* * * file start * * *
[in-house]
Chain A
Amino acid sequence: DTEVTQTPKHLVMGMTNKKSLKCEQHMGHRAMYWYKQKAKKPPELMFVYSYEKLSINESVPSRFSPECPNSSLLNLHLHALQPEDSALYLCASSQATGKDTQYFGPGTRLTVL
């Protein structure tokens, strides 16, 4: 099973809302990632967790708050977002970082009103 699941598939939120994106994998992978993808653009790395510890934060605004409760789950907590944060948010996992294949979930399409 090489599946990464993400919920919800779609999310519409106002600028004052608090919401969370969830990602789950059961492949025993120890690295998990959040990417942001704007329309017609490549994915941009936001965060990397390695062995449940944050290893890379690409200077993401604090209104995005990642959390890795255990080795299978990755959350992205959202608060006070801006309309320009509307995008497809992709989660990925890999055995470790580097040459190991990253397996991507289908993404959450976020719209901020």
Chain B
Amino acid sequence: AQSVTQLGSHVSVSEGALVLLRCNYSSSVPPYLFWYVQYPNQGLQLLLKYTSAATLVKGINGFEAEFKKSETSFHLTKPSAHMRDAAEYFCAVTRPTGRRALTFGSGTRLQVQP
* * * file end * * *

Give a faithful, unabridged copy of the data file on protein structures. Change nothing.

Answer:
[in-house]
Chain A
Amino acid sequence: DTEVTQTPKHLVMGMTNKKSLKCEQHMGHRAMYWYKQKAKKPPELMFVYSYEKLSINESVPSRFSPECPNSSLLNLHLHALQPEDSALYLCASSQATGKDTQYFGPGTRLTVL
């Protein structure tokens, strides 16, 4: 099973809302990632967790708050977002970082009103 699941598939939120994106994998992978993808653009790395510890934060605004409760789950907590944060948010996992294949979930399409 090489599946990464993400919920919800779609999310519409106002600028004052608090919401969370969830990602789950059961492949025993120890690295998990959040990417942001704007329309017609490549994915941009936001965060990397390695062995449940944050290893890379690409200077993401604090209104995005990642959390890795255990080795299978990755959350992205959202608060006070801006309309320009509307995008497809992709989660990925890999055995470790580097040459190991990253397996991507289908993404959450976020719209901020």
Chain B
Amino acid sequence: AQSVTQLGSHVSVSEGALVLLRCNYSSSVPPYLFWYVQYPNQGLQLLLKYTSAATLVKGINGFEAEFKKSETSFHLTKPSAHMRDAAEYFCAVTRPTGRRALTFGSGTRLQVQP